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How to Deal with the Halloween Candy Overload

My kids can’t WAIT for Halloween. How much fun is it to dress up and go door-to-door for a free candy-overload!? I too remember the excitement of going from house to house, hoping for as many full-sized chocolate bars as possible. But now as parents, I know many of us dread letting our kids eat a pillowcase full of sugar and food colouring. Here are some ides to make Halloween healthier, and how you can deal with the candy overload at home:

  1. Have a good dinner (including some protein and veggies) before going out trick of treating. This way, your child has some healthy food filling their tummy in preparation for sugar overload.
  2. Buy your child a small plastic pumpkin to fill for trick-or-treating, as opposed to a large pillowcase. Once it’s full, you’re done trick or treating!
  3. Trade the candy for money. There are some dental offices that do a candy “buy back” and exchange your candy for money. I would only suggest this if it excites your child, and they would rather have the money to buy a toy than the treat they are exchanging.
  1. Have a visit from the “Switch Witch” or “Candy Fairy” – similar to the tooth fairy. I did this with my son for a few years while he was young. We’d put most of his candy out on Halloween night and the switch witch comes and leaves a toy in exchange. He loved it! But it certainly wouldn’t fly now – my kids prefer the candy, so I let them keep it.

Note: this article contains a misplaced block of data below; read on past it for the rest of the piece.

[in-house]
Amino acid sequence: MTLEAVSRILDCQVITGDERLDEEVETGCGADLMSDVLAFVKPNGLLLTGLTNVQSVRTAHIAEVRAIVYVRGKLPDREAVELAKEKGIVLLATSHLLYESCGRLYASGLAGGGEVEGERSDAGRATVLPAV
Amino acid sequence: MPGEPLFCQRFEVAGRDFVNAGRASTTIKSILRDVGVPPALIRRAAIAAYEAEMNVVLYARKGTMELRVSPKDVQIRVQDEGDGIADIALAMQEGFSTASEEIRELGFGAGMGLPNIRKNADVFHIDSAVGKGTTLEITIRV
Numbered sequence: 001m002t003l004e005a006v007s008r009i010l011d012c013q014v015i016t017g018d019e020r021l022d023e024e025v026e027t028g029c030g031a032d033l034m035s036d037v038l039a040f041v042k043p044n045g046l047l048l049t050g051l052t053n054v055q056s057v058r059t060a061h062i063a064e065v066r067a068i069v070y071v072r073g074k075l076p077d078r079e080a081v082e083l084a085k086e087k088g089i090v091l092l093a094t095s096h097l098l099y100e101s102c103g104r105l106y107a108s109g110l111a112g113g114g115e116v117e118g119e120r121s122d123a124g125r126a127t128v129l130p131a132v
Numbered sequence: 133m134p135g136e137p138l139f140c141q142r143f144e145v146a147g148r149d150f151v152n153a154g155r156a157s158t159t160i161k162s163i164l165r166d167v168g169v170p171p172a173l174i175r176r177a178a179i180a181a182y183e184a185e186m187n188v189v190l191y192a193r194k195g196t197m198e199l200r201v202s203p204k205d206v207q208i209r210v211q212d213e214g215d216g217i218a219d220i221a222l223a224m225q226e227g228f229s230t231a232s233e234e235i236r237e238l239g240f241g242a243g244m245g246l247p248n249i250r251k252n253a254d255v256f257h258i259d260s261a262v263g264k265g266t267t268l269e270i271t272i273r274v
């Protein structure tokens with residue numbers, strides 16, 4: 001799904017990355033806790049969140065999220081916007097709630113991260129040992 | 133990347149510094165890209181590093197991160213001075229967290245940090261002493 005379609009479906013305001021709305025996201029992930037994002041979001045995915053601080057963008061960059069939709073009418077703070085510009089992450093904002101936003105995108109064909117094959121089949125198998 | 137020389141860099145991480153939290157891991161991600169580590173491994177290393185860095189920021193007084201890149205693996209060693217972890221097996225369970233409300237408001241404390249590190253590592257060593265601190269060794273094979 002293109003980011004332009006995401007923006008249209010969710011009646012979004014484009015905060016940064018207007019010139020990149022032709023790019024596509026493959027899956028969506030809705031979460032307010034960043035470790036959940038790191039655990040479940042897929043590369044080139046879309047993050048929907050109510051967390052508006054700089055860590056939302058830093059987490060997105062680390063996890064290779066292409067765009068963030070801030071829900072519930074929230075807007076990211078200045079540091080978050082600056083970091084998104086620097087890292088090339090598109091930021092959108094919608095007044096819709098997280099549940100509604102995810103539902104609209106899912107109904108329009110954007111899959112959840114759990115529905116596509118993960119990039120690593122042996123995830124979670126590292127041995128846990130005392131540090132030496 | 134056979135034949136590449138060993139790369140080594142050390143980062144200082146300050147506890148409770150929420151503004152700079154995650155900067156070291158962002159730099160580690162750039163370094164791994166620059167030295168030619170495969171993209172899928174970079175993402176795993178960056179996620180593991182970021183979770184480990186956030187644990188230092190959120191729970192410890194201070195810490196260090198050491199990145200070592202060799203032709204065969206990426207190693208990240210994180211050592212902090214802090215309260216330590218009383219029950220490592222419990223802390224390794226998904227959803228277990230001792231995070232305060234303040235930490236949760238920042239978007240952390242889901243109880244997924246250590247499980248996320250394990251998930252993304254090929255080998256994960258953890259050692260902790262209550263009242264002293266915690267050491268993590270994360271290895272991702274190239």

As for how to dole out these treats: it’s best to let your kid choose how much to eat, within some guidelines. If you follow feeding-guru Ellyn Satter’s advice, she suggests letting your child gorge on Halloween night, and then offer the candy only at a meal and at snack. She suggests offering 1-2 small pieces as a meal, and letting your child choose how much to eat at snacks (but still offering other foods). Besides giving your child some control over how much they eat, the candy will be gone more quickly!

You can also choose to dole out small portions at a time, like 1 or 2 candies a day. Depending on your child’s personality, they might not have a problem with this. But when it is offered in limited portions, you might find your child coveting the candy and searching for your hiding spot! And studies show that children who are tightly restricted of treats will binge whenever they get the chance and actually weight more.

How do you handle the Halloween candy overload in your home? Please share what’s worked with you below!

Originally published on Milk & Confetti

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